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DirecTV Irks Sports Fans With ‘HD Tax’

May 30, 2005  •  Post A Comment

DirecTV’s plan to charge NFL Sunday Ticket viewers an extra $99 to watch games in high definition has sparked a revolt among frustrated subscribers, who called the “HD tax” the last straw in a series of expensive HD programming costs.

More than 500 subscribers have signed an online pledge to cancel their Sunday Ticket service if plans for the so-called “SuperFan” surcharge, announced on DirecTV’s Web site three weeks ago, go forward.

“I think they’ve gone too far,” said Mike Mazza, a Florida software engineer and six-year DirecTV subscriber. “They’re not charging for additional content, like with HD channels. They’re charging me for a better picture in a format the country is supposed to be migrating to.”

The surcharge is particularly frustrating for subscribers because DirecTV is considered to have the most expensive HD programming package among the major video providers, despite having only four basic cable HD channels nationwide. Cable companies such as Comcast and Time Warner typically offer services in which subscribers pay $5 to $10 per month for an HD package that includes about 10 HD channels and the use of an HD receiver/digital video recorder. DirecTV competitor DISH Network also offers a high-definition receiver with its $9.99 HD package but charges $250 to upgrade to an HD DVR.

DirecTV, however, charges a monthly fee of $10.99 plus the entire cost of its proprietary receiver-$299 for standard HD and, until two weeks ago, a whopping $999 for an HD DVR.

“I think they underestimated the impact of this as a public relations issue,” said Mr. Mazza, who paid $999 for his DirecTV HD DVR. “Enough is enough already.”

Sunday Ticket has been available on an annual subscription basis for DirecTV subscribers since 1995. The package allows fans to see every regular-season NFL game (except local games, which are blacked out). In 2002 DirecTV signed an exclusive five-year contract extension with the NFL worth about $2 billion. Last year, when DirecTV was acquired by News Corp., the Sunday Ticket package cost $199 and included HD games. This year, the price has gone up to $219, plus $99 for HD games.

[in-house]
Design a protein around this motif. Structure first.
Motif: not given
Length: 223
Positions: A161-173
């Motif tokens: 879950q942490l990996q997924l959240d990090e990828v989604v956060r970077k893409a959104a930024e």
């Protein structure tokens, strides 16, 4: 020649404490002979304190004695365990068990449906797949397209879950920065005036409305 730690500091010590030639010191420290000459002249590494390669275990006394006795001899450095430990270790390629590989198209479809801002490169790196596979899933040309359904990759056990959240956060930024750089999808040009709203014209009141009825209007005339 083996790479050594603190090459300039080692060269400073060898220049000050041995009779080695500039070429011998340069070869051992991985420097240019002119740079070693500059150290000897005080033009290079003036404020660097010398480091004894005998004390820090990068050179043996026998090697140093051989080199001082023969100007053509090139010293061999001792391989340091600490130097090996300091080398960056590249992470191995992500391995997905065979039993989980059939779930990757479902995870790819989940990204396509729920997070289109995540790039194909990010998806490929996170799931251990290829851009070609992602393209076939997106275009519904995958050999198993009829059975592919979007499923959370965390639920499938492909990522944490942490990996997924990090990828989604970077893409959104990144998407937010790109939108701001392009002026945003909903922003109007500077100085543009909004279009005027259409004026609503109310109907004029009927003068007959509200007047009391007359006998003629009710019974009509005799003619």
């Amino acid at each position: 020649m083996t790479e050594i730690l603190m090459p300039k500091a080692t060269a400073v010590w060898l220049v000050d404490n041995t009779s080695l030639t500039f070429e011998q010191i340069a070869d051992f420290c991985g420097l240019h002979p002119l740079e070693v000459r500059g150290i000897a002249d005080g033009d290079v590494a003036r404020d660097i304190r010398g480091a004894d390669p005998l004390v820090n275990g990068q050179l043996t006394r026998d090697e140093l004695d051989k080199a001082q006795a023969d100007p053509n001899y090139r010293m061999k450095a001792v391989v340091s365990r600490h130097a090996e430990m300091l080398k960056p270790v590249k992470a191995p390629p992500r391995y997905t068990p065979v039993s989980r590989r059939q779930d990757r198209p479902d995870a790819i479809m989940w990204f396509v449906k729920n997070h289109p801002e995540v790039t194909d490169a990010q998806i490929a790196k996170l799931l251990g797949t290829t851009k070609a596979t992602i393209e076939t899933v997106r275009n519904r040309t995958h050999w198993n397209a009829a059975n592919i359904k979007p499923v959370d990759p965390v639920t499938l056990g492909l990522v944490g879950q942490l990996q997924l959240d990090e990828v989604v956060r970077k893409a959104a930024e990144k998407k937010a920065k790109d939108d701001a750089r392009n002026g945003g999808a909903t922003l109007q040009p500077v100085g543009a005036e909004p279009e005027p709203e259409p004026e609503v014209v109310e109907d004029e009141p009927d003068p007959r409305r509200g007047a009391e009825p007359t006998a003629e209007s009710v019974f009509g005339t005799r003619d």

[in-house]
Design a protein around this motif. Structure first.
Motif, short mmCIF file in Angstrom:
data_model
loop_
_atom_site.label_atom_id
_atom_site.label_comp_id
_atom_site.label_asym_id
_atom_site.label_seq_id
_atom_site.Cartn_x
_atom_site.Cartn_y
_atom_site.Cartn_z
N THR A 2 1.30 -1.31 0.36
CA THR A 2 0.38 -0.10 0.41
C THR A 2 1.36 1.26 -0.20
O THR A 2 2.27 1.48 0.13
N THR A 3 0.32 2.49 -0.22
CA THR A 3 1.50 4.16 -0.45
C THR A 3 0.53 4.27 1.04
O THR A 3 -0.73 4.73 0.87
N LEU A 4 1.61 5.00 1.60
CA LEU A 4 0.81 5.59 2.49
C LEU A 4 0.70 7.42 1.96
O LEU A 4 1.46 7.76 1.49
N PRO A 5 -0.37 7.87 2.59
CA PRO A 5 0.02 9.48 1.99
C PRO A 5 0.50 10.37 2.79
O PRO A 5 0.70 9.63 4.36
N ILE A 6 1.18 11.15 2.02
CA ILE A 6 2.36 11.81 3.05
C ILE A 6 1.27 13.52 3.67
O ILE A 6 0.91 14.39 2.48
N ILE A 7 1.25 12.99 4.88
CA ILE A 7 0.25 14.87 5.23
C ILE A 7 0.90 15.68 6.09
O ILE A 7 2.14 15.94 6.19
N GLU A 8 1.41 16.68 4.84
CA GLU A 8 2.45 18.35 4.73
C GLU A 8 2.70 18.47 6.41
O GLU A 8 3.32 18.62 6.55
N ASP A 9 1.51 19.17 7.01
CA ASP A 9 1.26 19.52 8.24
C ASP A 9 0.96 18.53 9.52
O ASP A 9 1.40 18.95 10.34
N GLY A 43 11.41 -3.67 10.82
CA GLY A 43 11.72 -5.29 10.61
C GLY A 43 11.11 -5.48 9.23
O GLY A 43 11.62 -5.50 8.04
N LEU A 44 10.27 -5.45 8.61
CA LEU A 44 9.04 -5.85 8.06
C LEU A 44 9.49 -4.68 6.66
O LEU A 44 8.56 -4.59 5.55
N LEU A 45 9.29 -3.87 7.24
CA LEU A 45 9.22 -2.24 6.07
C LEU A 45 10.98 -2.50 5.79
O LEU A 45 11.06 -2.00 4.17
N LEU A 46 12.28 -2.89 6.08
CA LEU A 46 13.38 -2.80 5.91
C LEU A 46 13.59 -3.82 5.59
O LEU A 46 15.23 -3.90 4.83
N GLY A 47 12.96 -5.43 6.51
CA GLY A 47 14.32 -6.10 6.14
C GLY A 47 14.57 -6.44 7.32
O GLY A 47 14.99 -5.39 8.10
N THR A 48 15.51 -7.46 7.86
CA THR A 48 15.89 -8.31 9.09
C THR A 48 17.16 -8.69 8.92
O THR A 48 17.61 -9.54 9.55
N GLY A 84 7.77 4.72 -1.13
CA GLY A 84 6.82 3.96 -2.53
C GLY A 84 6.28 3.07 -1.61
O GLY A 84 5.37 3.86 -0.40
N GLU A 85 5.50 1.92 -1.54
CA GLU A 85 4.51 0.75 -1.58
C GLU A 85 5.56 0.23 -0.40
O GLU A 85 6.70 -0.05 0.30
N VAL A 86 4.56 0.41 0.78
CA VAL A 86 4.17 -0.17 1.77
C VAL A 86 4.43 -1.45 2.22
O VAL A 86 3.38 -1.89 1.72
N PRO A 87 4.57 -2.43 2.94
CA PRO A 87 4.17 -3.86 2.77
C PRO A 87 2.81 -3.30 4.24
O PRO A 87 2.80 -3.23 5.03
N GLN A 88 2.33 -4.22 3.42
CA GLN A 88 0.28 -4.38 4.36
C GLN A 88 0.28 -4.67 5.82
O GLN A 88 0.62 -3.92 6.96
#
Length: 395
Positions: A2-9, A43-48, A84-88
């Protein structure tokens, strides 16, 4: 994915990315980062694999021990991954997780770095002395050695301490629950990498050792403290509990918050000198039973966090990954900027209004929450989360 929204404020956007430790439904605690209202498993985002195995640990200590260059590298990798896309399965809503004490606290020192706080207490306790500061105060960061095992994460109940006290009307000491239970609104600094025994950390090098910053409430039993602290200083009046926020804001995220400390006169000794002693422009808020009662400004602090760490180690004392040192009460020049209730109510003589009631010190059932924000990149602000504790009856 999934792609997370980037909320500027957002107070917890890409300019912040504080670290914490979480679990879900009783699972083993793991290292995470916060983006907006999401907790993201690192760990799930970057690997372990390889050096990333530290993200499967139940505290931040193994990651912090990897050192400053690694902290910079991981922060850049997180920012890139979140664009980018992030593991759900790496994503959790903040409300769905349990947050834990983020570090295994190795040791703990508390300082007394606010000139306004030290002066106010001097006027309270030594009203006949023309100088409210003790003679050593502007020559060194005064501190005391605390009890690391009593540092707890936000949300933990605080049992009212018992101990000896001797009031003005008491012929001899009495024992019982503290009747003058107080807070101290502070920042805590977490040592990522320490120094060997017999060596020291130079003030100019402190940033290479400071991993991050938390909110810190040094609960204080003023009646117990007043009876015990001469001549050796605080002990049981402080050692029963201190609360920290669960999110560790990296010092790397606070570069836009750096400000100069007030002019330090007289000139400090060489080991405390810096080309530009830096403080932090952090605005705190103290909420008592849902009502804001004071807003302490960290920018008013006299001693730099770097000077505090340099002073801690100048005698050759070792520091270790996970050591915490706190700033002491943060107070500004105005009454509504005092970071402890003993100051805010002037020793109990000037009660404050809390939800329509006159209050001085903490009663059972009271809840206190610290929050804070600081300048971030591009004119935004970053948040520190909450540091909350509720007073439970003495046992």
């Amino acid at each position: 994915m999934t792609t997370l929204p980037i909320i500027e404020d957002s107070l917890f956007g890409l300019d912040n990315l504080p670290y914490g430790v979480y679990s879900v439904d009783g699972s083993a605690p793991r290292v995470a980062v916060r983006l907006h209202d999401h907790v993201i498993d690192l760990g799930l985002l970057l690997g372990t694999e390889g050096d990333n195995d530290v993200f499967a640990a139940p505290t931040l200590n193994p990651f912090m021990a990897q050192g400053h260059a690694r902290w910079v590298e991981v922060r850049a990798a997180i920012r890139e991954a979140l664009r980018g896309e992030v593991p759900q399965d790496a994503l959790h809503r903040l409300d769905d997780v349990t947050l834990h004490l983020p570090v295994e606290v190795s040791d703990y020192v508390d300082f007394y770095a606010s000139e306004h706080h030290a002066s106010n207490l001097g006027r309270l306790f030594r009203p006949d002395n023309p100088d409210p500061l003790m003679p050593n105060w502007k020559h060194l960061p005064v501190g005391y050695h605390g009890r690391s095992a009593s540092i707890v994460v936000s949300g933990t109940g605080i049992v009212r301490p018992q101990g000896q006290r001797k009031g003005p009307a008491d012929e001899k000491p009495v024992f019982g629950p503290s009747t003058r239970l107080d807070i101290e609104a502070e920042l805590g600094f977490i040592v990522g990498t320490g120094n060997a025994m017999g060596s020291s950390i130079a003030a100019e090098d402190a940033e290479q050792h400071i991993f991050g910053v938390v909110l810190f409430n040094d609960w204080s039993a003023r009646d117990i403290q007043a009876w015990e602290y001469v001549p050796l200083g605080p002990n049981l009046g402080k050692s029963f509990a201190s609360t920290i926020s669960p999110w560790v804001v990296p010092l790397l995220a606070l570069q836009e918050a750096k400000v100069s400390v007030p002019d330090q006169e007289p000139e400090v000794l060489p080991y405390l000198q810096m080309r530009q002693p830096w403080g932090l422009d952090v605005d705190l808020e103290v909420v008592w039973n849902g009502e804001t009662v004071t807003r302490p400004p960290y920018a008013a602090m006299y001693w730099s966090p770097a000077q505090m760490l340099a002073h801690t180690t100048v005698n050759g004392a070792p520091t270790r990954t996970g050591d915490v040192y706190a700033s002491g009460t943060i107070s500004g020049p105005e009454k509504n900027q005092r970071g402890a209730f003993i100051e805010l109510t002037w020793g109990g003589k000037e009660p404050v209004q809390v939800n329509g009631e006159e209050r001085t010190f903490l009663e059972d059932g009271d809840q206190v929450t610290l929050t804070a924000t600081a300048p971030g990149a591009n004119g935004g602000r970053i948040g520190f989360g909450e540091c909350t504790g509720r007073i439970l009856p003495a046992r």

DirecTV spokesperson Robert Marsocci pointed out the HD “SuperFan” add-on includes new features, such as viewer-selected camera angles, the ability to follow eight games on one screen and a condensed highlights-only version of games. Subscribers to the premium package will also be able to index, search and view specific plays by player or team on game day. Viewers can create their own highlight show.

“We are catering to the die-hard football fan,” Mr. Marsocci said. “We really believe, for those fans who really want to have the ultimate football experience, we think they’d be more than willing to pay $99 to get these compelling and unique new features. Certainly we understand those who received HD for free last year, we understand their concern, and we looked long and hard at the best way to package this.”

But North Arkansas Times sports columnist Joe West was so irate about the surcharge that he declared he was dumping DirecTV after six years.

“It’s like losing my best friend,” Mr. West wrote, “after my best friend ate my last bowl of chili and slugged me in the gut.”